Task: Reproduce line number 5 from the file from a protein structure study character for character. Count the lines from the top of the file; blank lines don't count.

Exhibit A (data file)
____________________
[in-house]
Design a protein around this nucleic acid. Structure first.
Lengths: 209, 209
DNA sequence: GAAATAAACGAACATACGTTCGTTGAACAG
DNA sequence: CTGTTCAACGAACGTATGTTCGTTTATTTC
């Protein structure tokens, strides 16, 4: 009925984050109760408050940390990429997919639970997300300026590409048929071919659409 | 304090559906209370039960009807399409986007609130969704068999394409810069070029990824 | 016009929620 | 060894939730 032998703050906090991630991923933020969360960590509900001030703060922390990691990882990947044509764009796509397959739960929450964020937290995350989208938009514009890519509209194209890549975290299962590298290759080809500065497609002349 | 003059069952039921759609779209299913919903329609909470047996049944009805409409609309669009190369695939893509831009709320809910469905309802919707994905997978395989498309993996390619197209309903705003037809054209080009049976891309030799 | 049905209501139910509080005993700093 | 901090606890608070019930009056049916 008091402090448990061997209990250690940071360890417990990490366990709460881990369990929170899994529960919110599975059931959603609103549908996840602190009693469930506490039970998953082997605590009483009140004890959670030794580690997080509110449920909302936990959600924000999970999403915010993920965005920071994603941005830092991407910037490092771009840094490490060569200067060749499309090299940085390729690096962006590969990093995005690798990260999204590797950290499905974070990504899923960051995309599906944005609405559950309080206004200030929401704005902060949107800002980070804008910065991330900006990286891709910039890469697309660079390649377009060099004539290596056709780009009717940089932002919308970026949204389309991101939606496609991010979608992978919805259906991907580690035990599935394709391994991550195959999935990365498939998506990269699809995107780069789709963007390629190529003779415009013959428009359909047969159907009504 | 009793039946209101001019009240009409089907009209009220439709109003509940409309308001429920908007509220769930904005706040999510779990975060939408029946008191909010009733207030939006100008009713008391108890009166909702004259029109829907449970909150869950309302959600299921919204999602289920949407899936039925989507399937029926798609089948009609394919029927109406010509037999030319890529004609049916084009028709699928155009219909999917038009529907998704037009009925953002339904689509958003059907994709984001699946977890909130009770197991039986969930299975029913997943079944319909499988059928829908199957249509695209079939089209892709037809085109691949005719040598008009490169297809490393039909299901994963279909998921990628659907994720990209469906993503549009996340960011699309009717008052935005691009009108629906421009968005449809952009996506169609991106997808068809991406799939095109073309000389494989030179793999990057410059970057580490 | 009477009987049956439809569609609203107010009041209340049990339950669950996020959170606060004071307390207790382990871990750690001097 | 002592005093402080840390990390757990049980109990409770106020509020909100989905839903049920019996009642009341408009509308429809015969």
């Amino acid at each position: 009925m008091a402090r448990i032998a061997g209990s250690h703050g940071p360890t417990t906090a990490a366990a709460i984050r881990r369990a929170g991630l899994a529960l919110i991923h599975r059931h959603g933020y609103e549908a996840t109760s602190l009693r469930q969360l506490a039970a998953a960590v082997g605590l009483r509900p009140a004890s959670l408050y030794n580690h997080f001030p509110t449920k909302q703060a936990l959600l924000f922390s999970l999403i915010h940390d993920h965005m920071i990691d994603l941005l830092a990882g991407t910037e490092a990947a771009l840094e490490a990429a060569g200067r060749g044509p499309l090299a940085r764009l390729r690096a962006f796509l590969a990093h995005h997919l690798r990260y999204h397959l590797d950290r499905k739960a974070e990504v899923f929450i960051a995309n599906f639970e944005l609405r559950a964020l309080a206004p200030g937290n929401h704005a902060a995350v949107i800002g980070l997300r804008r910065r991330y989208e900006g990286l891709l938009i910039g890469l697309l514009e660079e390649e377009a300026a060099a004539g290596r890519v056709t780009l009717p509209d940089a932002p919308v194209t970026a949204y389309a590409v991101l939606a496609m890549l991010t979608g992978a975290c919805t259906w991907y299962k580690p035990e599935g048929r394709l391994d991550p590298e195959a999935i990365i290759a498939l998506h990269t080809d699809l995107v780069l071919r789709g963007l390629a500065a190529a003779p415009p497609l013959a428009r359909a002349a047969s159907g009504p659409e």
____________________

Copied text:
DNA sequence: CTGTTCAACGAACGTATGTTCGTTTATTTC